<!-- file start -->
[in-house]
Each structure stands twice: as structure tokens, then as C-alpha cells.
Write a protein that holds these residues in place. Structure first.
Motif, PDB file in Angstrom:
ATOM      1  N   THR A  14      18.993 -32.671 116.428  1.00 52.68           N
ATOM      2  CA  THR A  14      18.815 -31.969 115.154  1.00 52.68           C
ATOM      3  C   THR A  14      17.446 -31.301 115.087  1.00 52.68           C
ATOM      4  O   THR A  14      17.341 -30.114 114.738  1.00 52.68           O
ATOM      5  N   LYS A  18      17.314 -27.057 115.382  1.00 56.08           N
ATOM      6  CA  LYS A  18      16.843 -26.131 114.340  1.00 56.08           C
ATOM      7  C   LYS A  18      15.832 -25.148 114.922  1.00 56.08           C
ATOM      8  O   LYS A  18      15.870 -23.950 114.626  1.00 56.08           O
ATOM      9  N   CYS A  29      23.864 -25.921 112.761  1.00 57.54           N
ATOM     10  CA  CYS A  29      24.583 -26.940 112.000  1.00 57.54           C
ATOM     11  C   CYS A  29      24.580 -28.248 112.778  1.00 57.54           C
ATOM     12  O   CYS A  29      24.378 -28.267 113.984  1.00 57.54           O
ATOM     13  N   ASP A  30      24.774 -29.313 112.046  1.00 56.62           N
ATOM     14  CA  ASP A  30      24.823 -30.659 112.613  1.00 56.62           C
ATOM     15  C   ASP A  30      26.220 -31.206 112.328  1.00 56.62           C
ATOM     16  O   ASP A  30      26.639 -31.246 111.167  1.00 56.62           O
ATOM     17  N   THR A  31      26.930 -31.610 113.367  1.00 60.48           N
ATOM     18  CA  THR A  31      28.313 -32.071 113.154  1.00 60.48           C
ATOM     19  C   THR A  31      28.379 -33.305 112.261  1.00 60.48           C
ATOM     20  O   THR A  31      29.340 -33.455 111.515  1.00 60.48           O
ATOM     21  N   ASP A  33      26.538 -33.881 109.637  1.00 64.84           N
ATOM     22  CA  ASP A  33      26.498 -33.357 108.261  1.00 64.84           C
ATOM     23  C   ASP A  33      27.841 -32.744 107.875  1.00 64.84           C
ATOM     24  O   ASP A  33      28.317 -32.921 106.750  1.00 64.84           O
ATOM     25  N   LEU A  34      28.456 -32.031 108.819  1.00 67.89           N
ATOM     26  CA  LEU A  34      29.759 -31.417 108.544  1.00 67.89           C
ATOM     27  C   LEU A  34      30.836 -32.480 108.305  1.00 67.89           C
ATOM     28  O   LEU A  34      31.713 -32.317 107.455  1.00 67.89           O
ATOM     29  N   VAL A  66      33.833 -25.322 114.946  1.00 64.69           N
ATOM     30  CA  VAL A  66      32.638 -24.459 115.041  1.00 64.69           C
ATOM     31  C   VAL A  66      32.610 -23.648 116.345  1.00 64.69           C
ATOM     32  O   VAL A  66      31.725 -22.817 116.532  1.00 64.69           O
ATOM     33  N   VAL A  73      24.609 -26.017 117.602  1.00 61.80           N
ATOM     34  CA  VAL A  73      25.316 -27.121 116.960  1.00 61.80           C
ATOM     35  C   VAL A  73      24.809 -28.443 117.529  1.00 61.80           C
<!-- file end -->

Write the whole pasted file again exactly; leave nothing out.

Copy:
[in-house]
Each structure stands twice: as structure tokens, then as C-alpha cells.
Write a protein that holds these residues in place. Structure first.
Motif, PDB file in Angstrom:
ATOM      1  N   THR A  14      18.993 -32.671 116.428  1.00 52.68           N
ATOM      2  CA  THR A  14      18.815 -31.969 115.154  1.00 52.68           C
ATOM      3  C   THR A  14      17.446 -31.301 115.087  1.00 52.68           C
ATOM      4  O   THR A  14      17.341 -30.114 114.738  1.00 52.68           O
ATOM      5  N   LYS A  18      17.314 -27.057 115.382  1.00 56.08           N
ATOM      6  CA  LYS A  18      16.843 -26.131 114.340  1.00 56.08           C
ATOM      7  C   LYS A  18      15.832 -25.148 114.922  1.00 56.08           C
ATOM      8  O   LYS A  18      15.870 -23.950 114.626  1.00 56.08           O
ATOM      9  N   CYS A  29      23.864 -25.921 112.761  1.00 57.54           N
ATOM     10  CA  CYS A  29      24.583 -26.940 112.000  1.00 57.54           C
ATOM     11  C   CYS A  29      24.580 -28.248 112.778  1.00 57.54           C
ATOM     12  O   CYS A  29      24.378 -28.267 113.984  1.00 57.54           O
ATOM     13  N   ASP A  30      24.774 -29.313 112.046  1.00 56.62           N
ATOM     14  CA  ASP A  30      24.823 -30.659 112.613  1.00 56.62           C
ATOM     15  C   ASP A  30      26.220 -31.206 112.328  1.00 56.62           C
ATOM     16  O   ASP A  30      26.639 -31.246 111.167  1.00 56.62           O
ATOM     17  N   THR A  31      26.930 -31.610 113.367  1.00 60.48           N
ATOM     18  CA  THR A  31      28.313 -32.071 113.154  1.00 60.48           C
ATOM     19  C   THR A  31      28.379 -33.305 112.261  1.00 60.48           C
ATOM     20  O   THR A  31      29.340 -33.455 111.515  1.00 60.48           O
ATOM     21  N   ASP A  33      26.538 -33.881 109.637  1.00 64.84           N
ATOM     22  CA  ASP A  33      26.498 -33.357 108.261  1.00 64.84           C
ATOM     23  C   ASP A  33      27.841 -32.744 107.875  1.00 64.84           C
ATOM     24  O   ASP A  33      28.317 -32.921 106.750  1.00 64.84           O
ATOM     25  N   LEU A  34      28.456 -32.031 108.819  1.00 67.89           N
ATOM     26  CA  LEU A  34      29.759 -31.417 108.544  1.00 67.89           C
ATOM     27  C   LEU A  34      30.836 -32.480 108.305  1.00 67.89           C
ATOM     28  O   LEU A  34      31.713 -32.317 107.455  1.00 67.89           O
ATOM     29  N   VAL A  66      33.833 -25.322 114.946  1.00 64.69           N
ATOM     30  CA  VAL A  66      32.638 -24.459 115.041  1.00 64.69           C
ATOM     31  C   VAL A  66      32.610 -23.648 116.345  1.00 64.69           C
ATOM     32  O   VAL A  66      31.725 -22.817 116.532  1.00 64.69           O
ATOM     33  N   VAL A  73      24.609 -26.017 117.602  1.00 61.80           N
ATOM     34  CA  VAL A  73      25.316 -27.121 116.960  1.00 61.80           C
ATOM     35  C   VAL A  73      24.809 -28.443 117.529  1.00 61.80           C